Sunday, February 14, 2021

What Works (and what does not): Movement, Spasticity, Contracture

Here is a great article on what works—and what doesn't—for movement, spasticity, and contracture. It's in CP, and tracks well with similar reviews in stroke recovery for all ages. 

Its a systematic review. Here's the good news: This'll be as simple as possible and no simpler. There is a great "State of the Evidence Traffic Lights" chart that makes the whole thing simple. At the very bottom is the full chart. Also note: What this review says does not work.

What works: Movement
 Click any image to make it larger.

Thursday, February 11, 2021

Connie Smiley, Super Survivor

Connie Smiley, one of my favorite people and a survivor who was a friend to our lab for years, passed August 6, 2019; I just found out.  

Connie was zero-nonsense and smart, and exemplified what a super survivor is

From an earlier post:

A super survivor  is “…someone so unwilling to let go of their career, their independence, or a personal passion that they are compelled to recover. They intertwine recovery with what they love to do.” 

When somebody can use their life's passion to drive recovery everything is made easier.

  • It's easier for the therapist because they don't have to motivate.
  • It's easier for the stroke survivor because they have a cherished task which drives recovery.
  • It's easier for the survivor’s brain because when it comes to driving plastic changes "the power is in the focus.” And we tend to focus on what we care about.

Rewiring the brain in a way that is robust enough to reestablish control over wayward muscles takes a concentrated focus on the affected-side of the body. The focus needs to be near total. This level of focus is only accessible to stroke survivors who have a passion or avocation that drives them to the highest possible level of recovery. Connie Smiley was a survivor who used her avocation to drive her nervous systems towards recovery far beyond any expectations.

Smiley had her stroke "The day before Easter," as she remembers it, 1991. The stroke was on the right side of her brain, affecting her left, non-dominant side. Prior to her stroke, Smiley was fully aware of the absolutely devastating impact stroke. “My husband lived for almost 6 years in a nursing home following his stroke. The damage was too severe to recover—even though he tried. One of the things that motivated me was seeing the restrictive life he led. I realized that the same could be true for me, but I decided that, if there was anything I could do towards recovery, I would do it.” 

It is not unusual for stroke survivors to use the fear of a “restrictive life” as a powerful motivator. Fear of isolation, fear of falling, fear of dependence–all can motivate. And motivation is vital to overcoming one of the hardest parts of recovery from stroke: there is often little interest in relearning how to move. There is none of the inherent joy of learning as the stroke survivor relearns movement that they used to do perfectly well. But fear of a “restrictive life” was not Smiley's only motivator. It was not even her primary motivator.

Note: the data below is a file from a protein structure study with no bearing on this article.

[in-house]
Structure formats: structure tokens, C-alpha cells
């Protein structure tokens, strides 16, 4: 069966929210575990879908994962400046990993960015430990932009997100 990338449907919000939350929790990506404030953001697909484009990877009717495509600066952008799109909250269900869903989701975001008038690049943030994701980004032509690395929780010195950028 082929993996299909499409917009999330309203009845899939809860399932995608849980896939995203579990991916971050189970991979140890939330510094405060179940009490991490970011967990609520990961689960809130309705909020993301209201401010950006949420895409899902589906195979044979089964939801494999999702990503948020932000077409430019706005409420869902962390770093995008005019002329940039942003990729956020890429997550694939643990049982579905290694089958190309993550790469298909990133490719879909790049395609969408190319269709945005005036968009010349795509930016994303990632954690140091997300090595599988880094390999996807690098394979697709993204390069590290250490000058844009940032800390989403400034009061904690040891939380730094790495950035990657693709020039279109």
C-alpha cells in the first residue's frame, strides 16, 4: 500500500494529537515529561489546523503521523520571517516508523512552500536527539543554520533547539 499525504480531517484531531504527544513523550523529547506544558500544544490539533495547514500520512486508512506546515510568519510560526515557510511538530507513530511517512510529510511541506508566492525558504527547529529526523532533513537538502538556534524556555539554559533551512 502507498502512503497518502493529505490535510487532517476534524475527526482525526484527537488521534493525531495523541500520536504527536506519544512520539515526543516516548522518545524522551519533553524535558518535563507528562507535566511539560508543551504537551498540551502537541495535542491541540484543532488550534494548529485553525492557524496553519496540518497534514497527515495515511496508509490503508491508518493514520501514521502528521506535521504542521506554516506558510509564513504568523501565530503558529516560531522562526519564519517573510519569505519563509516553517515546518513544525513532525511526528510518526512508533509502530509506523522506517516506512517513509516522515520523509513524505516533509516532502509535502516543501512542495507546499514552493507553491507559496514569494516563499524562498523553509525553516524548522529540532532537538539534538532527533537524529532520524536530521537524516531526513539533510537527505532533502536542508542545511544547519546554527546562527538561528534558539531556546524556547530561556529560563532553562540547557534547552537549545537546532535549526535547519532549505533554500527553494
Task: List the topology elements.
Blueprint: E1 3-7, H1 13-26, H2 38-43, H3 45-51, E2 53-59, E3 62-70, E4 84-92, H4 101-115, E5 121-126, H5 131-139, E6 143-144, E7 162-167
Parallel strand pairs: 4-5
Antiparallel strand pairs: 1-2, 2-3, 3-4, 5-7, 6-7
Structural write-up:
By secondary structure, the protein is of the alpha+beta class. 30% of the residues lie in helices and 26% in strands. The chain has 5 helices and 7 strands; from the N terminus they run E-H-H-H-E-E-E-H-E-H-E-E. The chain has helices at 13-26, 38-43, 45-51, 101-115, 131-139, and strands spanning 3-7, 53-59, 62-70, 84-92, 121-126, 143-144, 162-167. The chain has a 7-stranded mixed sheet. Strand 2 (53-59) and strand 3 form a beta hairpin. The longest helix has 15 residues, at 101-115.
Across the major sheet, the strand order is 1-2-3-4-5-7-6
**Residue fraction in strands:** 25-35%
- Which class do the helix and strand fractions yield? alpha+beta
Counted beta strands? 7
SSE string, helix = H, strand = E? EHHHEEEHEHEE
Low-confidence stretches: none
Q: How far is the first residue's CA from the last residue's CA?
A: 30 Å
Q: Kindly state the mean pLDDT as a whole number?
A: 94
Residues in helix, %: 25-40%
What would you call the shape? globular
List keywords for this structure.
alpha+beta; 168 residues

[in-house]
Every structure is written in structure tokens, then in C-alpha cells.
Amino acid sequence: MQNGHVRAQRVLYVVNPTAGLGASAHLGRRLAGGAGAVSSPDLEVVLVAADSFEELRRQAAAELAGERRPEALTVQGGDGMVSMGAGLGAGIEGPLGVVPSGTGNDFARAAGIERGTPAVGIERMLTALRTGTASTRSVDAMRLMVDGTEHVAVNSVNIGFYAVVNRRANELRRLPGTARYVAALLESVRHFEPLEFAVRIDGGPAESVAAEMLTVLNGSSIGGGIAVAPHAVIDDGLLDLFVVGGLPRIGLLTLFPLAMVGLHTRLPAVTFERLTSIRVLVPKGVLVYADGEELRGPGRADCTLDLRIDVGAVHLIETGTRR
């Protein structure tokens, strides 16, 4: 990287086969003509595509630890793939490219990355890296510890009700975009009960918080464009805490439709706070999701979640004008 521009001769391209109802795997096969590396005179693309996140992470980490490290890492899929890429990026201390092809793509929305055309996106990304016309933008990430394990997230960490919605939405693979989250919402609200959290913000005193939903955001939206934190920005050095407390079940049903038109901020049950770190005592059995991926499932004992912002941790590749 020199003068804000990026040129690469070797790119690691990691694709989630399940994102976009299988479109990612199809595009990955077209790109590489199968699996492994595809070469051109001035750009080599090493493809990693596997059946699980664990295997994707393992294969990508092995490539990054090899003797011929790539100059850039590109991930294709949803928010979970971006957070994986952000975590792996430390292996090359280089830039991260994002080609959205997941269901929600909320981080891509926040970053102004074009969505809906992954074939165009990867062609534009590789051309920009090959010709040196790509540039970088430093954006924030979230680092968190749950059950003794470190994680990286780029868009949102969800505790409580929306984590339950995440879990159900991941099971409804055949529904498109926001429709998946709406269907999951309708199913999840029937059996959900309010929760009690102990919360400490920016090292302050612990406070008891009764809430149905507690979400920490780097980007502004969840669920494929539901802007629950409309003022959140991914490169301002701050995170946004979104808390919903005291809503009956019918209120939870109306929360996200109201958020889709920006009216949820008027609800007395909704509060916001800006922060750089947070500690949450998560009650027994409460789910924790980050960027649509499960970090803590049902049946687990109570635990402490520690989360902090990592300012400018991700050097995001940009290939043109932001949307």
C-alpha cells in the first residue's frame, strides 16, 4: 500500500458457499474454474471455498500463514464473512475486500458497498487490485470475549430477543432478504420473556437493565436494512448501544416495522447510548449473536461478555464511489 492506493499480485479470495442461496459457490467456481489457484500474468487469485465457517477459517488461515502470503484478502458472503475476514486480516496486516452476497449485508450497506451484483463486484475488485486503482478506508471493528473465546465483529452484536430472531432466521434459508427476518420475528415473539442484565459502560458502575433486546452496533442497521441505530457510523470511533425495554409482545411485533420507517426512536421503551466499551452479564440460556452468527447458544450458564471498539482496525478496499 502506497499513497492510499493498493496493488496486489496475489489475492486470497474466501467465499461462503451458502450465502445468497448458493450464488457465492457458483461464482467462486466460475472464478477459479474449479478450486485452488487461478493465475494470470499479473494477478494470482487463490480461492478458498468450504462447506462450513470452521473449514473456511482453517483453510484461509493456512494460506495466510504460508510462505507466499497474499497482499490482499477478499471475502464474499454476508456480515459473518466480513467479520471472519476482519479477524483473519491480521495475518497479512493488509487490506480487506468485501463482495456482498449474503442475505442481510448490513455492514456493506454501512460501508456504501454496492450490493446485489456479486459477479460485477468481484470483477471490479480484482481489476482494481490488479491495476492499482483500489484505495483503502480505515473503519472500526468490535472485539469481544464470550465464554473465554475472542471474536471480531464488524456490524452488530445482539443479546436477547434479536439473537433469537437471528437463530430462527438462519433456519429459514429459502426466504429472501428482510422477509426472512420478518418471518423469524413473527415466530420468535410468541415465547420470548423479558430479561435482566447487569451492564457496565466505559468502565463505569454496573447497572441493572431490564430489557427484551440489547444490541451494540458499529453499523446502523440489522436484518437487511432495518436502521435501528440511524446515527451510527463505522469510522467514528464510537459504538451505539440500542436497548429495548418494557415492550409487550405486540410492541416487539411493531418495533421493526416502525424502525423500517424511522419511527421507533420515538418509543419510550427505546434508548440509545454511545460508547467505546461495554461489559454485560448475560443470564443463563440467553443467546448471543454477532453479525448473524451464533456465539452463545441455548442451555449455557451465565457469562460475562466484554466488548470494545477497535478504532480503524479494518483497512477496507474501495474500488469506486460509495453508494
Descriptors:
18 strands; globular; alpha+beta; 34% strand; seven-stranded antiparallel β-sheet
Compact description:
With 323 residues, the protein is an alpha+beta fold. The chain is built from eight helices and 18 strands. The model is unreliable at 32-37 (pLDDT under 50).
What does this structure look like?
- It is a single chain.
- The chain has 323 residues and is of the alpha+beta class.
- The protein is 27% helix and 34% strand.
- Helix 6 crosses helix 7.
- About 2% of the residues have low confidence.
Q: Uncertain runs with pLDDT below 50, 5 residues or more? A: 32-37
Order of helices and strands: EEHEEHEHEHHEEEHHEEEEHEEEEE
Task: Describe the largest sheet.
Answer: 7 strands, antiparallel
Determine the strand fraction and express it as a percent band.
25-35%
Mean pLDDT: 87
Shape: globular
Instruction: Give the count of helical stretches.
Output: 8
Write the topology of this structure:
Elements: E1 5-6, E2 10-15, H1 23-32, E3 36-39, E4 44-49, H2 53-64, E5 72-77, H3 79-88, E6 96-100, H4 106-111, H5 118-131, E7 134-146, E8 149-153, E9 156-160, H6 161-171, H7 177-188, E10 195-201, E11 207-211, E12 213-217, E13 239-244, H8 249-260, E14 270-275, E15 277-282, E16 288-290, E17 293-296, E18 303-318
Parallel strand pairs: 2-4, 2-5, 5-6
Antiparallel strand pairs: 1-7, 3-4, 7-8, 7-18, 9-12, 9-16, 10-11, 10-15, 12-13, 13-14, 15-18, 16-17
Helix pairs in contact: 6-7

Smiley has a master’s degree in education and has been a teacher of one sort or another, since. For more than 30 years she taught primary school. While she was teaching school she began volunteering at the Cincinnati Zoo, eventually landing a paid full-time position managing the Zoo’s community outreach program. Her job involved bringing small animals local schools and introducing the kids to the animals.  She has the war wounds to prove it! Smiley has been bit by every type of mammal she has handled. She sports scars from snakes, alligators, bearded dragons and was once taloned by a hawk. Although she was forced into retirement by her stroke she almost immediately went back to work at the zoo.

As Smiley got back to work, a remarkable neuroplastic metamorphosis took place. In order for Smiley to be able to handle the animals she was forced to use the limited dexterity in her affected left hand. Because she was powerfully motivated by her avocation, the amount of neuroplastic rewiring was remarkable. But what was more remarkable was where the rewiring took place. Smiley enrolled in a series of clinical trials at our lab; at the time at University of Cincinnati. All of the clinical trials involved brain scans; functional magnetic resonance imaging (fMRI) of Smiley's brain. Traditional MRI provides a static picture of the brain. Functional MRI involves doing something, in Connie's case a finger tapping task, in the MRI machine. The fMRI machine measures change in blood flow in the brain as the task is being done.

Usually, the fingers of the left hand are controlled by the motor cortex that is on the right side of the brain. But Smiley had rewired her own brain in a rather curious way. When her fMRI was analyzed it was found that she was controlling her left hand, not with the right side of the brain, but with the left side. What made it even more curious was that the scan showed that the left hand had essentially "borrowed" neuronal firepower from the area of the brain usually controls the right-hand.

Neuroplasticity happens. The brain decides where it happens. Connie showed us that the brain can do the right thing in the "wrong" part of the brain. That's what super survivors do.

Thank you Connie!!

Saturday, January 30, 2021

My interview on the ReneMarie Stroke Of Luck TV Show.

My interviews starts at about five minutes in...

I was interviewed a while ago and peppered with questions from one of the great interviewers of all time: Mark McEwen

ReneMarie's show is great to check out. She has a ton of great content geared towards stroke survivors and recovery.

These guys let me go on and on about a bunch o' stuff including how much its costs to have a stroke, using mental practice as a recovery tool, why empathy is an occupational hazard for therapists, how the medical system in the USA hurts stroke survivors, why athletes and musicians may recover more than most people, why gains are easier early in recovery, and more!